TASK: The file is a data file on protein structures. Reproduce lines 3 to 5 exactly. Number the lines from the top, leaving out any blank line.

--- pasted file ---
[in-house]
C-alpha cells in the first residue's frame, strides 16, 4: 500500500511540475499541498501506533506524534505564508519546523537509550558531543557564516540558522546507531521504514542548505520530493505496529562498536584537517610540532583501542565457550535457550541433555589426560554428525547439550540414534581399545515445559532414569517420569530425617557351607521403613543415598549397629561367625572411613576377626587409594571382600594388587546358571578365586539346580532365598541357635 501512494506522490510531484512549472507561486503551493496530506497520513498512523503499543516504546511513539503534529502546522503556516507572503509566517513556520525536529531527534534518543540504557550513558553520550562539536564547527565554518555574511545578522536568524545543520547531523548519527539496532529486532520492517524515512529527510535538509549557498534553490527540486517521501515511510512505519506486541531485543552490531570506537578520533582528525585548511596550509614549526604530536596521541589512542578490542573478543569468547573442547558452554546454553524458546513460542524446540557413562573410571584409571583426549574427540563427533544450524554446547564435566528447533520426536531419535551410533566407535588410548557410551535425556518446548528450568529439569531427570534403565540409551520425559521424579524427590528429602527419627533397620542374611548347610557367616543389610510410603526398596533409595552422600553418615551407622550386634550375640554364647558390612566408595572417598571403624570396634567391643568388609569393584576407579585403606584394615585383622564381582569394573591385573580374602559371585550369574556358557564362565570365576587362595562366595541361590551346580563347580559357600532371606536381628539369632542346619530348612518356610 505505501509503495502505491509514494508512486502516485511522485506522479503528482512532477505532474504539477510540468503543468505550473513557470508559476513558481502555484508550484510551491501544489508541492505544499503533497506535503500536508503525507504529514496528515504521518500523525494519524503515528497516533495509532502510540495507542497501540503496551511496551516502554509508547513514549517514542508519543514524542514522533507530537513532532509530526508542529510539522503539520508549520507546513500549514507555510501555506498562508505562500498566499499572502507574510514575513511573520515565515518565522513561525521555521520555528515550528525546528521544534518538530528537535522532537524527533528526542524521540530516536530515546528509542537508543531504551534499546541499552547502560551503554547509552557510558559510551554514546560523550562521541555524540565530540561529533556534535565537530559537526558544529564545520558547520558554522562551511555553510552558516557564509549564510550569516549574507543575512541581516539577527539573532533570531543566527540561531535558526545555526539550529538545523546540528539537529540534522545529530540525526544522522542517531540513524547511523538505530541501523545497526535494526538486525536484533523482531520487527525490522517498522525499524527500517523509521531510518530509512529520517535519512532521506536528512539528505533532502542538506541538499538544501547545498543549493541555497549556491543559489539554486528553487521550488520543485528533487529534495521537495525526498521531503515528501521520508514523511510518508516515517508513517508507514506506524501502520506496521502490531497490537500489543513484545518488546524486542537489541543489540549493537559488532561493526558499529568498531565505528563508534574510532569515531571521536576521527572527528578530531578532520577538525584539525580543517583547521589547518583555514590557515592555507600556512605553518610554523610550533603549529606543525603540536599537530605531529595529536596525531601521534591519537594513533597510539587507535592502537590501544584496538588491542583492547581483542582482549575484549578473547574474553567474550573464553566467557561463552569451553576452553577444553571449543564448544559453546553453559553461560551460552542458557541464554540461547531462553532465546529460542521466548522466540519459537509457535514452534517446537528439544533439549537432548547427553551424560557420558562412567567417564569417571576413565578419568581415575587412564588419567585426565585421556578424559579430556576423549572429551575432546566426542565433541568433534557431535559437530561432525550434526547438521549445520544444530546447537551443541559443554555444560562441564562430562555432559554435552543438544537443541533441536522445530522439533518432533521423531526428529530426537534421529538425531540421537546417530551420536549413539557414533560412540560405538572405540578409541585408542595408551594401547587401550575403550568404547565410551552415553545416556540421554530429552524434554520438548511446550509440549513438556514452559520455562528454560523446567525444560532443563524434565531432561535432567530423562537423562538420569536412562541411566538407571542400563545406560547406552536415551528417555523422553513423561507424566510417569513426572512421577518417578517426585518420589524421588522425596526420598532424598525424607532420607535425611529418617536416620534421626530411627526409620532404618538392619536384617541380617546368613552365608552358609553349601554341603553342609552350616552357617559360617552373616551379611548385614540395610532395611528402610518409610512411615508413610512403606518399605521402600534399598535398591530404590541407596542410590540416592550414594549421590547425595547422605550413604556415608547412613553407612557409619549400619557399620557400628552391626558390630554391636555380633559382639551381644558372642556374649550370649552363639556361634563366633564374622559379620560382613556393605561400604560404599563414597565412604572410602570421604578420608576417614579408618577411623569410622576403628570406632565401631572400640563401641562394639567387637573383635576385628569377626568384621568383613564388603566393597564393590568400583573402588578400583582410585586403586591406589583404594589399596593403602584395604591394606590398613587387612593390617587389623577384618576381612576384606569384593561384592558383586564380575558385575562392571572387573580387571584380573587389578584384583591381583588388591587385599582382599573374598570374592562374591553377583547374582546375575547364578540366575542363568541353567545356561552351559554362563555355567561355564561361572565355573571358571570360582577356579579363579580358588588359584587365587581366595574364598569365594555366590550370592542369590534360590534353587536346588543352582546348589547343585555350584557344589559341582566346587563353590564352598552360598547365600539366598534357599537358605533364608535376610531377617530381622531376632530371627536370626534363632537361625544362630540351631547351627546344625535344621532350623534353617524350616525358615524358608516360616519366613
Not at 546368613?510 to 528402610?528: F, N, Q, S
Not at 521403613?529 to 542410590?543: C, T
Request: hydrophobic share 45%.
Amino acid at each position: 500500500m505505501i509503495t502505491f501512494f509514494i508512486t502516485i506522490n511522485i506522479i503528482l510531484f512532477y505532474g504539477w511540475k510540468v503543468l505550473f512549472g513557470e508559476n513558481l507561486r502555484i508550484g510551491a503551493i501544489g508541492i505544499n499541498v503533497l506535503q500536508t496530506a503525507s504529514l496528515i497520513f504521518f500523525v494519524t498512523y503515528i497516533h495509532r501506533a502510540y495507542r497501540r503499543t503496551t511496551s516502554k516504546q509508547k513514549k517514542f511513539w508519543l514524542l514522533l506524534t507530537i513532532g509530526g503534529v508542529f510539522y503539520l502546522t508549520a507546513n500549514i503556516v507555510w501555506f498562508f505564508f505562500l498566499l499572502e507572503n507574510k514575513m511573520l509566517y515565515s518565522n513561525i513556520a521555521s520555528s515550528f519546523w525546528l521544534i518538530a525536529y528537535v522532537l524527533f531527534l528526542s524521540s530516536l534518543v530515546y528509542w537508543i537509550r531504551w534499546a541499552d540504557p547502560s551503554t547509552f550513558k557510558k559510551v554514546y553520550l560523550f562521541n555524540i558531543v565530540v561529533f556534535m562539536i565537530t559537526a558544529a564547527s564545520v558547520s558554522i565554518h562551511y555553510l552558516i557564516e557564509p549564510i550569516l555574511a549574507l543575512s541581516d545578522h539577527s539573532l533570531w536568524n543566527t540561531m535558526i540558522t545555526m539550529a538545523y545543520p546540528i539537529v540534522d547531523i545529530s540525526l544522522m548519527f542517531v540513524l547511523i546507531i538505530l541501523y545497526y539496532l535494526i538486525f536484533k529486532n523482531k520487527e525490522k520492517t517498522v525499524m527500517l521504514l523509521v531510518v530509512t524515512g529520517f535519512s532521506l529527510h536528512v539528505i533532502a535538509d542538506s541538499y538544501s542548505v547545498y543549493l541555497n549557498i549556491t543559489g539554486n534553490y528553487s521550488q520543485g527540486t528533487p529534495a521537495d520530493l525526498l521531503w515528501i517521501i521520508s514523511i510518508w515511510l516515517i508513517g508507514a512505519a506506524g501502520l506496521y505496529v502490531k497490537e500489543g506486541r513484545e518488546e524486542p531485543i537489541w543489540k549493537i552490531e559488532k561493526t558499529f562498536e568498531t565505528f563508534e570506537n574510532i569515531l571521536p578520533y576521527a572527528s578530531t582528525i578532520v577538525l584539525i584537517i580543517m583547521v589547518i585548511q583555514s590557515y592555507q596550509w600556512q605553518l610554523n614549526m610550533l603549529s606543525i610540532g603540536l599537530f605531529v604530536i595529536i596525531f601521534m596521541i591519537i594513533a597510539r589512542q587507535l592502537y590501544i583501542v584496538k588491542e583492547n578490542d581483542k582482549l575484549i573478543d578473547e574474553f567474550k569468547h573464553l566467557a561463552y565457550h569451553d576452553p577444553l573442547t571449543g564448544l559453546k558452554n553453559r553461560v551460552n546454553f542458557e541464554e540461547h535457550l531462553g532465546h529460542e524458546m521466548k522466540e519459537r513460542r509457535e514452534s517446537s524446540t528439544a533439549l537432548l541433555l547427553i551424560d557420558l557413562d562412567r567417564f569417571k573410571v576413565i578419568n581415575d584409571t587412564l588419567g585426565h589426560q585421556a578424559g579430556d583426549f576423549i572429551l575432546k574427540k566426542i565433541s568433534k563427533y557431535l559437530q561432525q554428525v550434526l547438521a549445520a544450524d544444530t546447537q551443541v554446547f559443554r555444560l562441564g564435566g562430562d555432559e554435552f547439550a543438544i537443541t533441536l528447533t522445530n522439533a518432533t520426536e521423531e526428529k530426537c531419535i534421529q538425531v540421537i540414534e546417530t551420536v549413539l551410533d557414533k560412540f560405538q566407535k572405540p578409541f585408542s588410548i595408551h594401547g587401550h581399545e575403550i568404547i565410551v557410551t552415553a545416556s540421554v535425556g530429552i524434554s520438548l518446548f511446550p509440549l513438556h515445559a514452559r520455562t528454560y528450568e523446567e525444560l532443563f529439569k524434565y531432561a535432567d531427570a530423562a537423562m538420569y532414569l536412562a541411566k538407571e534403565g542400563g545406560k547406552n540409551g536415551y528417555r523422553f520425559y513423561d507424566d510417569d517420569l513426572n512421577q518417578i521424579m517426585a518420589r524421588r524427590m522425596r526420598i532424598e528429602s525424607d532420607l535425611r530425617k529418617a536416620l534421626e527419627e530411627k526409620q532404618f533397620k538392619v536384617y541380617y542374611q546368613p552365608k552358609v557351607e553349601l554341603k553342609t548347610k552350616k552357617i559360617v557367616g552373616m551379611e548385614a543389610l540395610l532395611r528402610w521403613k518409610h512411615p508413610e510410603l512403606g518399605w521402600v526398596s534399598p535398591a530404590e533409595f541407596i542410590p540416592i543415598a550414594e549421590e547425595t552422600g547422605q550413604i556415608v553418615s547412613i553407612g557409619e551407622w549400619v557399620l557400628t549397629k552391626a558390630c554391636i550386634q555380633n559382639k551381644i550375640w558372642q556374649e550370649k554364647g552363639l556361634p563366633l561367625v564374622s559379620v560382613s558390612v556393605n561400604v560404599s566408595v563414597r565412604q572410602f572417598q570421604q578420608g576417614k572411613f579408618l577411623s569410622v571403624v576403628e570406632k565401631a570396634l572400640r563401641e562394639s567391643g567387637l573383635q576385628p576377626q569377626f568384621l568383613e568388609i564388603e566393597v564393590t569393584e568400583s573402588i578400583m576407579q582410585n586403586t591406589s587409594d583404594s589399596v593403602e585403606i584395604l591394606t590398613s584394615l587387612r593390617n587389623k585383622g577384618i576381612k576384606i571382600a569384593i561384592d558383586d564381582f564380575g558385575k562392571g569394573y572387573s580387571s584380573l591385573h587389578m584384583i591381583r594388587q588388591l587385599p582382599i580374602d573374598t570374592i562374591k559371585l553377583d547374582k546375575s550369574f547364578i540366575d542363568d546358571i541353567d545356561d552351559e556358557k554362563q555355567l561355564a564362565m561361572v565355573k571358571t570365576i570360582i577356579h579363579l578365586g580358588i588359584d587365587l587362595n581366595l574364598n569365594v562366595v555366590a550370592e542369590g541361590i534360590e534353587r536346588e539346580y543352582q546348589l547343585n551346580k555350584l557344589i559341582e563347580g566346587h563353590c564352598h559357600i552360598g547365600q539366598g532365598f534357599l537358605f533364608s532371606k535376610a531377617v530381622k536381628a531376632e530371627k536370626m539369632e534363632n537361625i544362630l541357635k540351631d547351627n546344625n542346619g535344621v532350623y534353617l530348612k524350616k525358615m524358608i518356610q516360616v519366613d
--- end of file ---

Not at 546368613?510 to 528402610?528: F, N, Q, S
Not at 521403613?529 to 542410590?543: C, T
Request: hydrophobic share 45%.